Alright so you wanna be a digital nomad and you want to know how much money you will need to get this happening?
Well honestly, that can be a very difficult question to answer. There’s so many variables and the way we live differs so much from person to person.
But, rather than get all technical with it, cause that’s just going to bore you and me both, I’m just going to give you a short, simple answer: $1300 per month.
There you go.
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In my opinion, if you can make around $1300 a month as a starting point – there are lots of places around the world where you can live a very comfortable life.
Now although it might sound like it – this figure isn’t just something that I pulled out of my you know what. This figure is coming from our experiences of living abroad and from talking to lots of other digital nomads.
See also: How We Live And Work Abroad In A New Country Every 3-6 Months
Of course you can do it cheaper and you could do it a lot more expensive.
If you’ re going to travel to the world’s most expensive places like Paris, New York, London, Sydney, $1300 per month isn’t going to work.
Now some people might say well, that’s not being a digital nomad you should be able to go wherever you want.
Yes of course you should aim to get to that stage , but for the purpose of the article and for someone wanting to start, we are going to focus on the minimum to get started. And when I say minimum, I’m not talking living a rough life, I’m talking about a good quality of life.
So in this post, I’m going to go through some of the places that are great for digital nomads and have a low cost of living (perfect for getting started).
**This post may contain affiliate links. If you click on them and purchase something we get a small percentage of the sale. More info here**
Also I’m going to talk about other things you need to think about that might impact your cost of living in a place such as lifestyle choices and your length of stay in one places.
And finally I’m going to talk about the other expenses unique to digital nomads that you will need to include in your overall budget.
So first let’s have a look at some of the places with a low cost of living that are good for digital nomads.
Places with a Low Cost of Living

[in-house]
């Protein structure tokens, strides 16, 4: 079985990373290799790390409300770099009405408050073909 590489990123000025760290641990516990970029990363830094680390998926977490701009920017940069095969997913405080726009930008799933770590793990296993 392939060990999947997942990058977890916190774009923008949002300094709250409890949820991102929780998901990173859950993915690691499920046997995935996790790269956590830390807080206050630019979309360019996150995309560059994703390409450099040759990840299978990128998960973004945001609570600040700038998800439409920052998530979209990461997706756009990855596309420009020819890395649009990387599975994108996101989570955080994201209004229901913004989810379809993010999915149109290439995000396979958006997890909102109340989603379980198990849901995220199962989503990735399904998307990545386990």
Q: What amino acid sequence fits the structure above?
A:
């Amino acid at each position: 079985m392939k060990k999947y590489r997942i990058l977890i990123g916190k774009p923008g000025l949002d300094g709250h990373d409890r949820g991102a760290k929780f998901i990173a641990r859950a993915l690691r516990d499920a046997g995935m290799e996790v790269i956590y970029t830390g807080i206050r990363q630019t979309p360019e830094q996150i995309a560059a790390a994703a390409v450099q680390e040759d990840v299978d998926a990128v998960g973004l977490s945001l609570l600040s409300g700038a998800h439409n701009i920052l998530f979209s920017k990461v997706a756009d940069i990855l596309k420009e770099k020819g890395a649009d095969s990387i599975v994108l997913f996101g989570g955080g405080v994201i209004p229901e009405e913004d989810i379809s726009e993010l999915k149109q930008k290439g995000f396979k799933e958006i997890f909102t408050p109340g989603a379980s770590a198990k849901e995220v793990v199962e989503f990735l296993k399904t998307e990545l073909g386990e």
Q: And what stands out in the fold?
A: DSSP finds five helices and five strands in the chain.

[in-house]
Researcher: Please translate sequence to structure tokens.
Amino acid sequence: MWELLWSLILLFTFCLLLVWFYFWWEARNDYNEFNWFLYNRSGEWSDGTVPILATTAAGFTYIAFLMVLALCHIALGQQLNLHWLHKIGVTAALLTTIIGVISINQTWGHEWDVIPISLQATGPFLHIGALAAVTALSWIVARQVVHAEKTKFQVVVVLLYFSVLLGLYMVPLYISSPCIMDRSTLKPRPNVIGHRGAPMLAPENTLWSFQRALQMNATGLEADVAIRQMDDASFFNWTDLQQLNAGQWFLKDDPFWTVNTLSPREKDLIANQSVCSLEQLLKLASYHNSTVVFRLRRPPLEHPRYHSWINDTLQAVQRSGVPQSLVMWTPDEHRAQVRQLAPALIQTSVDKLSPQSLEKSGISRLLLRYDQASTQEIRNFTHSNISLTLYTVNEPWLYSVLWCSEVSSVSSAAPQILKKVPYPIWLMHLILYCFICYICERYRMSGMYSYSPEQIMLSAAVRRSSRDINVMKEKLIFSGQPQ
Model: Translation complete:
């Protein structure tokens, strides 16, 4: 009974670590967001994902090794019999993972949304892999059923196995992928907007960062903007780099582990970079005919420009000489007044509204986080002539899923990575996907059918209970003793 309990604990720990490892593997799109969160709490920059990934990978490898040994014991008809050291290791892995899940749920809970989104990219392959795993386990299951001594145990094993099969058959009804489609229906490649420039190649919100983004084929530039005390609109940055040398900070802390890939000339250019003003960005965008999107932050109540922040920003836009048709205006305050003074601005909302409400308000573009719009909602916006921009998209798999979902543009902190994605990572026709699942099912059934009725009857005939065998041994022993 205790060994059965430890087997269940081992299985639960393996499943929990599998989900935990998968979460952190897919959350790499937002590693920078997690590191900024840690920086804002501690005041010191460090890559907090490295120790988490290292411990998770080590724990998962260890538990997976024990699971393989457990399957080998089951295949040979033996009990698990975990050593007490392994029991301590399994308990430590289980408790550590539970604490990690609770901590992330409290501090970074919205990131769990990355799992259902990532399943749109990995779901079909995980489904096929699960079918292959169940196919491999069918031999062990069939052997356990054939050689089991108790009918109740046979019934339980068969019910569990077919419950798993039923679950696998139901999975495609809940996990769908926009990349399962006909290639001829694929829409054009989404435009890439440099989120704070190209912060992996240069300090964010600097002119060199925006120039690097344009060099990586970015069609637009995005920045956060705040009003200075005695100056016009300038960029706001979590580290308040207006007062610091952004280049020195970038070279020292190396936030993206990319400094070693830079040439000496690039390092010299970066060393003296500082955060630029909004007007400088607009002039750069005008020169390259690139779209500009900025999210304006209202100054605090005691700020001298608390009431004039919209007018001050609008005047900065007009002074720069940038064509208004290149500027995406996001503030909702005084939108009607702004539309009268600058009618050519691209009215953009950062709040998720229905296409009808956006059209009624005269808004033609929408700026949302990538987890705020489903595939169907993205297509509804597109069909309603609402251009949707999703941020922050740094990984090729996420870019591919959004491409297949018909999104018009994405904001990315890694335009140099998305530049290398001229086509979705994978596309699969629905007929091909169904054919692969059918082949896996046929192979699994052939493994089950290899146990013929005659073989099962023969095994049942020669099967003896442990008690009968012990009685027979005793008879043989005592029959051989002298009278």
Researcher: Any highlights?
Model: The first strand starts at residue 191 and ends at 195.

So when figuring out how much you need to live the digital nomad lifestyle, the most important thing to first consider is where you are going to base yourself and how much it costs to live there.
So why is this so important?
Well, cost of living is a big factor on deciding where to live because it can vary a lot between cities.
When we refer to cost of living, generally we are talking about what it costs to live in a city for a month.
This includes all your expenses like accommodation, food, transport, utilities etc.
Our apartment in Colombia.
Now If you want to become a digital nomad as quick as possible you will want to find a place with a cheap cost of living to set up base in.
See also: Cheap Places to Live Abroad: 8 Cities for Under $999 per Month
Now like I said earlier, if you can make $1300, you have lots of different option to choose a place to set up base.
So where are these magical places with a low cost of living.
Cost of Living In Asia
Asia, specifically South-East Asia, is very popular with people starting their digital nomad journey.
Here are some hot spots in Asia, and the cost of living there for a month.
- Koh Samui – $1342
- Chiang Mai – $788
- Ho Chi Minh City – $1030
- Ubud – $1292
Cost of Living In Europe
Think all of Europe is expensive? Think again.
Here are a few places that fit nicely around the $1300 mark I set.
- Budapest – $1254
- Porto – $1348
- Belgrade – $774
- Bratislava – $1114
Cost of Living In The Americas
While the US and Canada might be out of the equation, head south and you’re sure to have a bevy of options within your budget.
- Buenos Aires – $1247
- Medellin – $1537
- Cancun – $1089
- Santiago – $1034
So as you can see there’s many great places you can live for around $1300 a month. And this is just a handful of cities. If you do your research you will find many more places on top of this list.
Now just to clarify, these numbers are from Nomadlist.com and the figures that you see above cover basic things like:
- Rental cost for decent apartment or room.
- Food and groceries
- Utilities such as electricity, gas and water (if they’re not included in your rent)
- Telephone, internet access costs.
- Public transport costs.
- Personal care.
- Eating out/going out once or twice a week.
- A gym membership
- Local travel.
- Hot desk at a coworking space.
See also: 21 Amazing Coworking Spaces: Imagine This Was Your Office
Now while these figures look great and have probably got you pumped to the point where you’re almost about to tell your boss to shove it because you can go live in Thailand for like 10k a year – just remember that these cost of living figures are still just a guide.
Having lived in a number of these places myself, I can honestly say that these are pretty accurate. Some might vary a little. For example, we spent a little more in Chiang Mai, but that’s partly to blame for a large monthly coffee spend. And in Medellin our costs were a lot lower than the $1500, probably because we shared an apartment and worked from home rather than using a coworking space.